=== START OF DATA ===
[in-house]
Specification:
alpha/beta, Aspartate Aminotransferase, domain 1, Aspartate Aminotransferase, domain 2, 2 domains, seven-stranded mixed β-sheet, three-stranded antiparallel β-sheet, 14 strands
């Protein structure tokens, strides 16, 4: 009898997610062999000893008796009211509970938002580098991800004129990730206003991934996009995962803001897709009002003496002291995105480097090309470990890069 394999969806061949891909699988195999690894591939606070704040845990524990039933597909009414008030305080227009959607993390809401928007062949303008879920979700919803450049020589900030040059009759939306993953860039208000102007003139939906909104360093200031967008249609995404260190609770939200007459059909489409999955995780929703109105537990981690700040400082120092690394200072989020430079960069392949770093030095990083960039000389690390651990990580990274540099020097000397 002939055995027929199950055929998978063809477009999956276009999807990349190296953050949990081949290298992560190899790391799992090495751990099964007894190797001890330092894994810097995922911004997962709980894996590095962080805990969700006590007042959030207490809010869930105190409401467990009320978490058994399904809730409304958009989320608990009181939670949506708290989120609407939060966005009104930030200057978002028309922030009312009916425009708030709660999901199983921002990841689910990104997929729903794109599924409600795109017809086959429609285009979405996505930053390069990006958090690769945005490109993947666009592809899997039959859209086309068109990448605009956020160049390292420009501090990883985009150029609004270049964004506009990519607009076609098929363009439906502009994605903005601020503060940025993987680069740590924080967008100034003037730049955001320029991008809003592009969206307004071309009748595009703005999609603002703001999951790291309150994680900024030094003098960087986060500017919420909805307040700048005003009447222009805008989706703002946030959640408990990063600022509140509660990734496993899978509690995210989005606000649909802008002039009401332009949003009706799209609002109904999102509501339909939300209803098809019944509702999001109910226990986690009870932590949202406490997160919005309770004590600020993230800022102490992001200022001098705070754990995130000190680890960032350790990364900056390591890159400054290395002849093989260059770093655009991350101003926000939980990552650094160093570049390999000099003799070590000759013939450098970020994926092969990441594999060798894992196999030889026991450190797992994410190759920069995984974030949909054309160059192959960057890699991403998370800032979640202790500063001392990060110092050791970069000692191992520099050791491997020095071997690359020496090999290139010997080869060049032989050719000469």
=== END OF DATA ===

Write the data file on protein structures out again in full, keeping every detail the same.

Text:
[in-house]
Specification:
alpha/beta, Aspartate Aminotransferase, domain 1, Aspartate Aminotransferase, domain 2, 2 domains, seven-stranded mixed β-sheet, three-stranded antiparallel β-sheet, 14 strands
């Protein structure tokens, strides 16, 4: 009898997610062999000893008796009211509970938002580098991800004129990730206003991934996009995962803001897709009002003496002291995105480097090309470990890069 394999969806061949891909699988195999690894591939606070704040845990524990039933597909009414008030305080227009959607993390809401928007062949303008879920979700919803450049020589900030040059009759939306993953860039208000102007003139939906909104360093200031967008249609995404260190609770939200007459059909489409999955995780929703109105537990981690700040400082120092690394200072989020430079960069392949770093030095990083960039000389690390651990990580990274540099020097000397 002939055995027929199950055929998978063809477009999956276009999807990349190296953050949990081949290298992560190899790391799992090495751990099964007894190797001890330092894994810097995922911004997962709980894996590095962080805990969700006590007042959030207490809010869930105190409401467990009320978490058994399904809730409304958009989320608990009181939670949506708290989120609407939060966005009104930030200057978002028309922030009312009916425009708030709660999901199983921002990841689910990104997929729903794109599924409600795109017809086959429609285009979405996505930053390069990006958090690769945005490109993947666009592809899997039959859209086309068109990448605009956020160049390292420009501090990883985009150029609004270049964004506009990519607009076609098929363009439906502009994605903005601020503060940025993987680069740590924080967008100034003037730049955001320029991008809003592009969206307004071309009748595009703005999609603002703001999951790291309150994680900024030094003098960087986060500017919420909805307040700048005003009447222009805008989706703002946030959640408990990063600022509140509660990734496993899978509690995210989005606000649909802008002039009401332009949003009706799209609002109904999102509501339909939300209803098809019944509702999001109910226990986690009870932590949202406490997160919005309770004590600020993230800022102490992001200022001098705070754990995130000190680890960032350790990364900056390591890159400054290395002849093989260059770093655009991350101003926000939980990552650094160093570049390999000099003799070590000759013939450098970020994926092969990441594999060798894992196999030889026991450190797992994410190759920069995984974030949909054309160059192959960057890699991403998370800032979640202790500063001392990060110092050791970069000692191992520099050791491997020095071997690359020496090999290139010997080869060049032989050719000469």